Capturing As-Built Dimensions from Existing Structures with Reality Computing

What is Reality Computing and how can it help engineers and designs?

Reality computing is one of the hottest topics is engineering and design.  However, if you are not familiar with the technology, you might question whether it is relevant to your engineering design work. 

Reality computing is the practice of taking information directly from the real world and using that data to drive your designs. By capturing complex geometries and even complete structures, reality computing can bring valuable context to your engineering challenges and eliminate tiresome and expensive redesigns.  In this post we’ll outline how engineers are economically using point cloud data to economically and quickly aid their design processes.

Here are a few examples of how reality computing has made a difference.

Using Point Cloud data to Capture the Interior of an Aging Powerplant before Retrofitting

For nearly a century, the Blackhawk Generating Station provided power to people living near the banks Wisconsin’s Rock River. After being shuttered for a number of years, the enormous industrial facility was donated to nearby Beloit College to be transformed into a modern student center. 

But getting from shuttered power plant to student center was no easy task.

Though still structurally sound, the Blackhawk plant was a mess of twisting and bending steel overlapped story by story. What made matters even more complicated were the lack of drawings that accurately described the plant’s interior.

Rather than painstakingly measuring out each section of the building by hand, Beloit’s designers hired a firm to scan the interior of the space with lasers. The laser beams bounced around the interior to create an incredibly accurate point cloud, essentially rendering a virtual copy of every nook and cranny in the plant.

Beloit’s design team were able to create a complete 3D model of the existing structure from the point cloud data using Autodesk’s ReCap software. With those 3D plans in hand the Blackhawk remodel was set to begin.

According to Beloit’s designers, “Autodesk ReCap is one of the best solutions for cropping, viewing, and visualizing point cloud data. With the multiple ways to manipulate the point clouds in ReCap, it really empowers the user with total control of digital visualization.”

In fact, without advanced laser scanning, point cloud data and the ability to transform that information from the physical world into a robust CAD file, the Blackhawk redesign may not have been possible.

Using Reality Capture to Verify Interiors in Remote Locations

Anchorage’s Municipal Light and Power (AML&P) serves an area that spreads across almost 20 miles of the far-north. Given the massive geographic range that the utility covers, AML&P employees aren’t always able to field-verify the company’s widespread underground electrical vaults.

After discovering reality computing, engineers at AML&P realized that they could simply photograph the interiors of their vaults to quickly verify their designs.

With nothing more than a point and shoot camera and a light source, AML&P’s technicians hit the road and captured data from the interior of numerous vaults across their territory. After returning to the office with their photos, engineers uploaded them to ReCap and created a 3D model of the interior of each of the vaults.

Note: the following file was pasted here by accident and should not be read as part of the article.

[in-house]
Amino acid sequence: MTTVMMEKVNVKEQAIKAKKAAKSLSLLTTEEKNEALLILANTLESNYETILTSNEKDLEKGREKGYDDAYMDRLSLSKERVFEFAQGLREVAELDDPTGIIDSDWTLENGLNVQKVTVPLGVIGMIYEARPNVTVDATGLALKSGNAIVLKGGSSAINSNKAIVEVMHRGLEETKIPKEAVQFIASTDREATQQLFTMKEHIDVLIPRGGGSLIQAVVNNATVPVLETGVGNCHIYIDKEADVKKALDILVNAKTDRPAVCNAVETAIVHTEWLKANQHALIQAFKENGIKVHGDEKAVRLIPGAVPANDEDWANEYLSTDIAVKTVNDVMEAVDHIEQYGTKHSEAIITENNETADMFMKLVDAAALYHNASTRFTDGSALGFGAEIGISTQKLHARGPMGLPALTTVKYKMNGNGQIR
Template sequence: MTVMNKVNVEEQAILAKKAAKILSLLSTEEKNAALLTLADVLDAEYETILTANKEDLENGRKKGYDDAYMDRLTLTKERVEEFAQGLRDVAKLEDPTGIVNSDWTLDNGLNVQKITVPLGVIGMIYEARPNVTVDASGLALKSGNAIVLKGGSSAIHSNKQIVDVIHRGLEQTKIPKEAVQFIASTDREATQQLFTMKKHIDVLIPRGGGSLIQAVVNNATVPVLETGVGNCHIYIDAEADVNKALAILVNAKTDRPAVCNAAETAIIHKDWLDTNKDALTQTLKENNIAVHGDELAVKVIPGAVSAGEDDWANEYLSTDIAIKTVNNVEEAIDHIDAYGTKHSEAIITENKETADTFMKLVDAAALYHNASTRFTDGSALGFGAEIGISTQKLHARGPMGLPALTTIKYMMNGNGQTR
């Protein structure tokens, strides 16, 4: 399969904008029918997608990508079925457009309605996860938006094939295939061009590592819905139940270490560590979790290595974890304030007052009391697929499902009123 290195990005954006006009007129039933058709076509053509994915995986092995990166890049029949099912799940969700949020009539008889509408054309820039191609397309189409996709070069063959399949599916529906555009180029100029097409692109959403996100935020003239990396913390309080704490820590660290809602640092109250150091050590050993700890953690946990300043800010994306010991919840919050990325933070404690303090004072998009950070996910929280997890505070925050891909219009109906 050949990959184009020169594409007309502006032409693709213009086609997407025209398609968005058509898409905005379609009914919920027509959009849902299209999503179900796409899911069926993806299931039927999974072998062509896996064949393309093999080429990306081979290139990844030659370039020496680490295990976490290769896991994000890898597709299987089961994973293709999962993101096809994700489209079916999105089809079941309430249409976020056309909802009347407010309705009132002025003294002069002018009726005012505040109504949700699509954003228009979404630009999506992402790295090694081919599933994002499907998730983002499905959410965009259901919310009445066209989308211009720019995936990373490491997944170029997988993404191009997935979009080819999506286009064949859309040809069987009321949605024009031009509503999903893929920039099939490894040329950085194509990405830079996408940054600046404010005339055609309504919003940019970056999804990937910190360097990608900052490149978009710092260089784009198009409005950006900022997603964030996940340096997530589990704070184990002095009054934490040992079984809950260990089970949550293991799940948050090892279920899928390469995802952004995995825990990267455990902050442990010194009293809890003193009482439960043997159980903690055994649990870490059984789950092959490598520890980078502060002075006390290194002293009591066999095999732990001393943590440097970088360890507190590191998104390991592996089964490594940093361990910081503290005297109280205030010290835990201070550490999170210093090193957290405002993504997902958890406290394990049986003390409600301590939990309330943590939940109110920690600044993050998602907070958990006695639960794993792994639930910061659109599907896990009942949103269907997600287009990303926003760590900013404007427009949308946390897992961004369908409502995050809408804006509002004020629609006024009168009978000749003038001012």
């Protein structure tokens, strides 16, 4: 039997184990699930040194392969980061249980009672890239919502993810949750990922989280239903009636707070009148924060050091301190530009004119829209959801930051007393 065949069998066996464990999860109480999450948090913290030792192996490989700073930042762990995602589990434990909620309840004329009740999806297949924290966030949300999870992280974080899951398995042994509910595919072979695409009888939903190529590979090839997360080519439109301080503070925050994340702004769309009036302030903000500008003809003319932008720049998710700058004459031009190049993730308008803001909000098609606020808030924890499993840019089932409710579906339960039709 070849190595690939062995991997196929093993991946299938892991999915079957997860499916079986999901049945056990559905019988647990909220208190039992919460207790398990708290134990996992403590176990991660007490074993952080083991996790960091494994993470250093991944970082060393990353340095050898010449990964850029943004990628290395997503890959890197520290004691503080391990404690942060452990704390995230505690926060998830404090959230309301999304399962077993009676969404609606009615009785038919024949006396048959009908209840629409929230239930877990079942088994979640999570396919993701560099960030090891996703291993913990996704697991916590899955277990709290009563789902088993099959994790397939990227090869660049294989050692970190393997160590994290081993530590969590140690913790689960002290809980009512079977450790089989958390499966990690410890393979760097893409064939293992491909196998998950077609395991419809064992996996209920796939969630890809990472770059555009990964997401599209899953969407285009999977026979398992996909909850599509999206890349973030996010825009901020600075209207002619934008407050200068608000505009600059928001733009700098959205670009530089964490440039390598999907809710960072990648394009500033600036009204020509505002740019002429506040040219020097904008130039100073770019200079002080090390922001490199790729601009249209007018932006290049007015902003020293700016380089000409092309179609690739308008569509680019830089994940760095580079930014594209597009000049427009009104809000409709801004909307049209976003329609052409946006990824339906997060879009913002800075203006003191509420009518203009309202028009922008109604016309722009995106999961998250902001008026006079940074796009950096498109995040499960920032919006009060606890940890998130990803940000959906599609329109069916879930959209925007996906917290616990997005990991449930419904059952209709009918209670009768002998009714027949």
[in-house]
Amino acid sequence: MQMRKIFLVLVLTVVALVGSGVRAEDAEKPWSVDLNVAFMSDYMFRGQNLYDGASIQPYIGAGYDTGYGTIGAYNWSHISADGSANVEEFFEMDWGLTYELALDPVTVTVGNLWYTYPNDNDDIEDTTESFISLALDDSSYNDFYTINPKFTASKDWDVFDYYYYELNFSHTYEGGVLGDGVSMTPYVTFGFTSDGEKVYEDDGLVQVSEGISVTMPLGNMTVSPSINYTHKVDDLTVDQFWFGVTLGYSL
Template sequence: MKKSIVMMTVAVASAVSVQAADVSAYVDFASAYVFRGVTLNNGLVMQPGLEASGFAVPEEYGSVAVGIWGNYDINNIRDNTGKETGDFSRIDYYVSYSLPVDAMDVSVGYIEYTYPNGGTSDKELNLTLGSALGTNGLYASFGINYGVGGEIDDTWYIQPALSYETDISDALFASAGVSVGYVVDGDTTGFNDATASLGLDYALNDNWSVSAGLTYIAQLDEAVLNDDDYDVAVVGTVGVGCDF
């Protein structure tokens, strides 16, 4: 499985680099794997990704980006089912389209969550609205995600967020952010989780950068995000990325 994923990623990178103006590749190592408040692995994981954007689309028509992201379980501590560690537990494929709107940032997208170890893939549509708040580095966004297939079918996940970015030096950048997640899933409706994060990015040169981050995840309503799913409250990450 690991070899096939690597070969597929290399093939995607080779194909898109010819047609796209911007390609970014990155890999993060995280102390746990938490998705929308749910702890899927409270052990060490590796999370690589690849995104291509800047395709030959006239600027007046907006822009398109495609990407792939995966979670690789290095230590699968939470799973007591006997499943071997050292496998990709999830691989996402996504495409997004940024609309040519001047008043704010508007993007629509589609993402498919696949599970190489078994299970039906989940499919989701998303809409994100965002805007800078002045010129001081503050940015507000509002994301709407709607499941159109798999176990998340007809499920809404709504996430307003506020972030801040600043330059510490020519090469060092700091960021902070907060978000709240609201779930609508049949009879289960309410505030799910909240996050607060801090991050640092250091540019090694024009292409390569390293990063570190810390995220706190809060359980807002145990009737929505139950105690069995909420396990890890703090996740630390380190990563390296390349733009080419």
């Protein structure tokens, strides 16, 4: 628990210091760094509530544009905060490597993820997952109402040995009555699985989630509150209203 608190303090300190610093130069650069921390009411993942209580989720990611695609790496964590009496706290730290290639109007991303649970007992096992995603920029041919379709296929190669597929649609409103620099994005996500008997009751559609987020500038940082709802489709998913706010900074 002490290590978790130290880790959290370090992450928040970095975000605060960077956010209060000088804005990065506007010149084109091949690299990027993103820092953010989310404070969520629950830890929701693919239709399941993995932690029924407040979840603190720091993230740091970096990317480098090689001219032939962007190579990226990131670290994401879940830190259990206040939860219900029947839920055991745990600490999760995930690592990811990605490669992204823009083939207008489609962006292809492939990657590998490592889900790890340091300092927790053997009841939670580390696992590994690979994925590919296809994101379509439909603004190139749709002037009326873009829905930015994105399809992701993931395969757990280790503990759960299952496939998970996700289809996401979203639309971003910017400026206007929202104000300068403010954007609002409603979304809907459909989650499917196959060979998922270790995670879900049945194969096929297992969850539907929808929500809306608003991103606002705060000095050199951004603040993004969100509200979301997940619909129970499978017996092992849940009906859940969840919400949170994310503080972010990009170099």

With this data AML&P were able to not only verify their vault configurations, but they gained excellent insight into where their designs could be improved. What’s more, AML&P’s engineers also found that having an accurate 3D model of a vault made communicating about redesigns and improvements much easier, particularly when discussing engineering with stakeholders who were not familiar with reading 2D CAD data.

“Three-dimensional modeling allows us to be there, to see it as it is. This isn’t an interpretation of the data-you are in the data. It’s a paradigm shift for the way we see our underground vaults,” said AML&P engineers.

Reality Capture can Aid Processes Outside of Traditional Design Work

While architectural, civil and mechanical designers can all benefit from reality computing, the technology is pushing the boundaries of where CAD can go. Take for example the Hydrous, a project aimed at documenting, exploring and understanding the vital ecosystems that live in and around coral reefs.

According to Hydrous, “Coral reefs are gems. They cover less than 0.01% of the ocean floor yet they provide [the world] with over $30B a year in economic services.” Losing or degrading these resources would be devastating for local fisheries and for the biodiversity of our oceans.

Unfortunately, scientists haven’t had a way to effectively measure or capture data from coral reefs without damaging the subject they’re trying to study. All that has changed, though, with the increasingly easy accessibility of reality computing.

Using a series of camera’s including underwater DSLRs, researchers involved with Hydrous have been able to dive down to reefs and measure them in an way that seemed impossible just years ago. According to Hydrous researchers. “the high-resolution 3D models make it possible, for the first time, to accurately track growth, disease, and bleaching over time. This is going to revolutionize coral reef science and education. ”

The First Reality Computing Conference is in February 2015

Reality Computing is quickly being adopted across a wide range of industries.  On February 25 and 26 I’ll be travelling to San Francisco to attend the first ever conference on Reality Computing, REAL2015. There I’ll hear about what’s currently trending in Reality Computing.  It should be interesting.

Autodesk has sponsored promotion of their reality computing solutions on  They have had no editorial input to this post.  All opinions are mine – Kyle Maxey